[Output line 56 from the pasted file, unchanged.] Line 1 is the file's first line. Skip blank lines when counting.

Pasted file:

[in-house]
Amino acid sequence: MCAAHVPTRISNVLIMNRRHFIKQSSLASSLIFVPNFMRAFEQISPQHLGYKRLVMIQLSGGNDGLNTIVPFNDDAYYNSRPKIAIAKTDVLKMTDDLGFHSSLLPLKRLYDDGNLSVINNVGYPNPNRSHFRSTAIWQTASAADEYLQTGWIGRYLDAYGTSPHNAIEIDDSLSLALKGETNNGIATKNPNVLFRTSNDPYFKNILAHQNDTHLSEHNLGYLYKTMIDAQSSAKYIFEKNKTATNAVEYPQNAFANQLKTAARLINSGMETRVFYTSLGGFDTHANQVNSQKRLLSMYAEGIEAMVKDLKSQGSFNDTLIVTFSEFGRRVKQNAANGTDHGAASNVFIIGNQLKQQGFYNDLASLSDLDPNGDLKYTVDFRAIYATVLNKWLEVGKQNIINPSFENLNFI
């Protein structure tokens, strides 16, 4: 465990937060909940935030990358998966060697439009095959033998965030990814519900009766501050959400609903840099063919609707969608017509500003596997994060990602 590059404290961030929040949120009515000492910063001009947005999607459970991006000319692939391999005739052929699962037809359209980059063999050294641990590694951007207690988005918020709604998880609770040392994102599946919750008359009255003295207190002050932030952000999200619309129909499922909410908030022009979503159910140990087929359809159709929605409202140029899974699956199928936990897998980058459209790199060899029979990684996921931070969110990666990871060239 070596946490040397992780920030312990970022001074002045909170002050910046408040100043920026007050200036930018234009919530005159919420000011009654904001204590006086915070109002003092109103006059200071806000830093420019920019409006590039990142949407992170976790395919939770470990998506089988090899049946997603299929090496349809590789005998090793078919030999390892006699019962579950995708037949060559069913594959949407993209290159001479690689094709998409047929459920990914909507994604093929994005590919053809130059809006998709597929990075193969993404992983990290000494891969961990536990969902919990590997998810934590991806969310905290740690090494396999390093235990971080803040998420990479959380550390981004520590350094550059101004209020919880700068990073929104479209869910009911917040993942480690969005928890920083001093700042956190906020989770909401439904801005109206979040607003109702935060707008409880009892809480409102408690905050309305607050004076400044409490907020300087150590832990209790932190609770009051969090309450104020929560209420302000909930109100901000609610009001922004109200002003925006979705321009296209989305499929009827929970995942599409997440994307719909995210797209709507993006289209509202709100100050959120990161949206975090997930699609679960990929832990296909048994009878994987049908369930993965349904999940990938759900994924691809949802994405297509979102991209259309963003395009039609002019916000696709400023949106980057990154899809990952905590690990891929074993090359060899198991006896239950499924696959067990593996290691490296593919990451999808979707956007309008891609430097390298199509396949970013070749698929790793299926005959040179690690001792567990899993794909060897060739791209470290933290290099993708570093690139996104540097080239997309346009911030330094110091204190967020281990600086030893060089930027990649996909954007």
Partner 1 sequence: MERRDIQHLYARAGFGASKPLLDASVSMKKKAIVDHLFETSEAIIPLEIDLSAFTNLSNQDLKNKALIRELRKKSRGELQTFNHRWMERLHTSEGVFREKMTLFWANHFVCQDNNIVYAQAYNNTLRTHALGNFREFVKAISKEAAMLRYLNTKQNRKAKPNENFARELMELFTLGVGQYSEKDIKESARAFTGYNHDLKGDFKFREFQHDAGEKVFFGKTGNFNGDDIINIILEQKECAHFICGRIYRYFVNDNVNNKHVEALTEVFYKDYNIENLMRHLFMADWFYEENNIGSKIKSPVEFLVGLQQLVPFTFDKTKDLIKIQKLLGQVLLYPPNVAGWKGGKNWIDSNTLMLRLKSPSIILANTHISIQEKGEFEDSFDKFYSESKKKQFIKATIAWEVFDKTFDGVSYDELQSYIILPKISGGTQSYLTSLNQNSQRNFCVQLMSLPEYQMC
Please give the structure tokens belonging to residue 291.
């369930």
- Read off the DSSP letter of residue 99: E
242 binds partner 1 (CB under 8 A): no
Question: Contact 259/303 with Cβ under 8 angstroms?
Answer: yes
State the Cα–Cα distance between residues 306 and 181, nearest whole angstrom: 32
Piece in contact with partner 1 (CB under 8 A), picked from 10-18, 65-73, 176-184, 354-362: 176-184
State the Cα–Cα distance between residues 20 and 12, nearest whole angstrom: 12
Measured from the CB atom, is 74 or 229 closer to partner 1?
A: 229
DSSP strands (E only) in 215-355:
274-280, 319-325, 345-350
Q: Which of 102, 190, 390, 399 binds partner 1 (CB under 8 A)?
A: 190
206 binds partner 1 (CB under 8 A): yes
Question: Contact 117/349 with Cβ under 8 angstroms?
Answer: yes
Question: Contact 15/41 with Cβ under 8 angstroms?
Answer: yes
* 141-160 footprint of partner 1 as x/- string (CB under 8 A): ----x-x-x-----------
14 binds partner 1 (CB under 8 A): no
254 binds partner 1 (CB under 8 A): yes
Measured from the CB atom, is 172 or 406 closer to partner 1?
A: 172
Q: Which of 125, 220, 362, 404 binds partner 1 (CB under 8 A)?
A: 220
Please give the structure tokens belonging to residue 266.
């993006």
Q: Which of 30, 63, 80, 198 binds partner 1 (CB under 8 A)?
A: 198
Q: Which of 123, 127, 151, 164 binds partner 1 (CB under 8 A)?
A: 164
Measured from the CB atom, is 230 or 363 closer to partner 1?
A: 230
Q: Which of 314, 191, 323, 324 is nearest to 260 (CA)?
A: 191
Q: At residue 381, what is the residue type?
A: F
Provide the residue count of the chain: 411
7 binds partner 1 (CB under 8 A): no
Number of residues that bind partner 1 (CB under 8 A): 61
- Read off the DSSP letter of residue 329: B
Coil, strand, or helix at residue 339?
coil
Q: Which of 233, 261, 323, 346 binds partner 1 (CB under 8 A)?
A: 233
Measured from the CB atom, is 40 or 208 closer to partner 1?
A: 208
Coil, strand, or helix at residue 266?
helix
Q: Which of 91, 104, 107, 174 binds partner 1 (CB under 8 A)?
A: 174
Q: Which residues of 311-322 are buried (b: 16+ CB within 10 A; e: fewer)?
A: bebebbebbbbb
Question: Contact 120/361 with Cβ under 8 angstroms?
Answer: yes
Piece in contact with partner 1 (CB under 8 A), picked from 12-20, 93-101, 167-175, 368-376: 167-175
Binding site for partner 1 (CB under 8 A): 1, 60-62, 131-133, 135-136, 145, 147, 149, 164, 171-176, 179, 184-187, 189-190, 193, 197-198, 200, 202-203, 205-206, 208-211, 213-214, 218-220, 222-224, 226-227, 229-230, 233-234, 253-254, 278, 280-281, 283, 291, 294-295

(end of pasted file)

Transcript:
Q: Which of 91, 104, 107, 174 binds partner 1 (CB under 8 A)?